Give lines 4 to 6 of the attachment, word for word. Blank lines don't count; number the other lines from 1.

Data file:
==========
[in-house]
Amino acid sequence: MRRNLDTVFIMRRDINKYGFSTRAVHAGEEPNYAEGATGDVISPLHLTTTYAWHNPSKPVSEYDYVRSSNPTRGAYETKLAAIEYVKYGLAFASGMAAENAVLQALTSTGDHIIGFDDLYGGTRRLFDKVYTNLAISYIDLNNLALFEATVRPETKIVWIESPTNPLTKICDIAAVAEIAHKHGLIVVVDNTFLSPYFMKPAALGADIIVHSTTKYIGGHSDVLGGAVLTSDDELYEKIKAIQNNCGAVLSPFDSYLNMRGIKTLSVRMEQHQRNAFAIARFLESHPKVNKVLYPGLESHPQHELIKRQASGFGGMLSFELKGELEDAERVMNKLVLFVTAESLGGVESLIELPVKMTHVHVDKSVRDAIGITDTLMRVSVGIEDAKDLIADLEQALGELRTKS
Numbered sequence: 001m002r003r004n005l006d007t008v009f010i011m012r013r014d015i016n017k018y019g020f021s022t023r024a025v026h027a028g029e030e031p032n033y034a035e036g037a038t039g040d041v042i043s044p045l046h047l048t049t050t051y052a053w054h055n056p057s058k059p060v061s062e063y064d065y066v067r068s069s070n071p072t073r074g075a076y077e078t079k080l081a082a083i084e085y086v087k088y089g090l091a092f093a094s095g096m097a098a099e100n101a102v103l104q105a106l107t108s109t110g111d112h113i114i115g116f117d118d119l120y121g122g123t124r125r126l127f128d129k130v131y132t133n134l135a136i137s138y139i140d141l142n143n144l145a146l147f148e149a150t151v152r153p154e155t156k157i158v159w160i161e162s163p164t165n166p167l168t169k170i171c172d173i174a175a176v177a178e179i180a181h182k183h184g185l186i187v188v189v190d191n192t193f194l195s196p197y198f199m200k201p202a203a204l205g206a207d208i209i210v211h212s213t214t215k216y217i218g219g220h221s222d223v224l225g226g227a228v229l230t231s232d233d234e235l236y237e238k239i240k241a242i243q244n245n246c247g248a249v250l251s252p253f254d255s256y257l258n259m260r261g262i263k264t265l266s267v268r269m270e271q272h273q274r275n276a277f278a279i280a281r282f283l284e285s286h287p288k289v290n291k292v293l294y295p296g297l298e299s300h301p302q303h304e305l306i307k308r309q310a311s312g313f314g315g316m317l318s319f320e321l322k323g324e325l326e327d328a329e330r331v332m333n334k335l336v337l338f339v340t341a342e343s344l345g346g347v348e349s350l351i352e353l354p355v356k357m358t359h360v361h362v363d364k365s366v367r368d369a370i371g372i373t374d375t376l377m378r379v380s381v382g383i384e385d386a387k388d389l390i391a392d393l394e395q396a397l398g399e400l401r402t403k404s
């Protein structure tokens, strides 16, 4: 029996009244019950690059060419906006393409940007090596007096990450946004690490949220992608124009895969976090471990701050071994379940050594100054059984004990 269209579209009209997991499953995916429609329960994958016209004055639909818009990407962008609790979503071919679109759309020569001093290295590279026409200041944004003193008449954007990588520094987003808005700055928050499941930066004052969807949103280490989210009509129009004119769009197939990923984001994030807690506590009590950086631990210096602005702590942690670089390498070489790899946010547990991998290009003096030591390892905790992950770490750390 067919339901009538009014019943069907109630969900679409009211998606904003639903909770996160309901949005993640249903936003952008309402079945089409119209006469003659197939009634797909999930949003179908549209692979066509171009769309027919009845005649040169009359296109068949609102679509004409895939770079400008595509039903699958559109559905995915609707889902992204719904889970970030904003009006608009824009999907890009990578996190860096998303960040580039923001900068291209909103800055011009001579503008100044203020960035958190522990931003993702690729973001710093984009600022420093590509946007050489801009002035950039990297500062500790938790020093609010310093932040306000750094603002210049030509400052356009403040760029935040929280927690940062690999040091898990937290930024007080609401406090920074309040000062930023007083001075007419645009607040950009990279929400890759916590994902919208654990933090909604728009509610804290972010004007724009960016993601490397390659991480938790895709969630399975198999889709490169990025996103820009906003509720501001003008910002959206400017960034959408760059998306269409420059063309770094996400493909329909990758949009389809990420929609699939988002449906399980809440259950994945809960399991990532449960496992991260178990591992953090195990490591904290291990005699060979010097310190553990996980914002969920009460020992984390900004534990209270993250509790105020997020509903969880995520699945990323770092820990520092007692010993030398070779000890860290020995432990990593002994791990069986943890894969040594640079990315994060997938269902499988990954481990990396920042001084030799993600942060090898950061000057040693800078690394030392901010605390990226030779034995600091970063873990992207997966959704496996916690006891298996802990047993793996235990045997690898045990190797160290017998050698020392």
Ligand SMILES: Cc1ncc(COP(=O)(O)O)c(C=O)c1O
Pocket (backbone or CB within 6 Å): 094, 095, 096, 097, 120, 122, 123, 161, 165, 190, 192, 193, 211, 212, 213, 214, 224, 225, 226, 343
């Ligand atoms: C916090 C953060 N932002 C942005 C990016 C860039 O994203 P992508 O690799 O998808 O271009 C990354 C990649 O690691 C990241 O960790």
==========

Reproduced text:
């Protein structure tokens, strides 16, 4: 029996009244019950690059060419906006393409940007090596007096990450946004690490949220992608124009895969976090471990701050071994379940050594100054059984004990 269209579209009209997991499953995916429609329960994958016209004055639909818009990407962008609790979503071919679109759309020569001093290295590279026409200041944004003193008449954007990588520094987003808005700055928050499941930066004052969807949103280490989210009509129009004119769009197939990923984001994030807690506590009590950086631990210096602005702590942690670089390498070489790899946010547990991998290009003096030591390892905790992950770490750390 067919339901009538009014019943069907109630969900679409009211998606904003639903909770996160309901949005993640249903936003952008309402079945089409119209006469003659197939009634797909999930949003179908549209692979066509171009769309027919009845005649040169009359296109068949609102679509004409895939770079400008595509039903699958559109559905995915609707889902992204719904889970970030904003009006608009824009999907890009990578996190860096998303960040580039923001900068291209909103800055011009001579503008100044203020960035958190522990931003993702690729973001710093984009600022420093590509946007050489801009002035950039990297500062500790938790020093609010310093932040306000750094603002210049030509400052356009403040760029935040929280927690940062690999040091898990937290930024007080609401406090920074309040000062930023007083001075007419645009607040950009990279929400890759916590994902919208654990933090909604728009509610804290972010004007724009960016993601490397390659991480938790895709969630399975198999889709490169990025996103820009906003509720501001003008910002959206400017960034959408760059998306269409420059063309770094996400493909329909990758949009389809990420929609699939988002449906399980809440259950994945809960399991990532449960496992991260178990591992953090195990490591904290291990005699060979010097310190553990996980914002969920009460020992984390900004534990209270993250509790105020997020509903969880995520699945990323770092820990520092007692010993030398070779000890860290020995432990990593002994791990069986943890894969040594640079990315994060997938269902499988990954481990990396920042001084030799993600942060090898950061000057040693800078690394030392901010605390990226030779034995600091970063873990992207997966959704496996916690006891298996802990047993793996235990045997690898045990190797160290017998050698020392």
Ligand SMILES: Cc1ncc(COP(=O)(O)O)c(C=O)c1O
Pocket (backbone or CB within 6 Å): 094, 095, 096, 097, 120, 122, 123, 161, 165, 190, 192, 193, 211, 212, 213, 214, 224, 225, 226, 343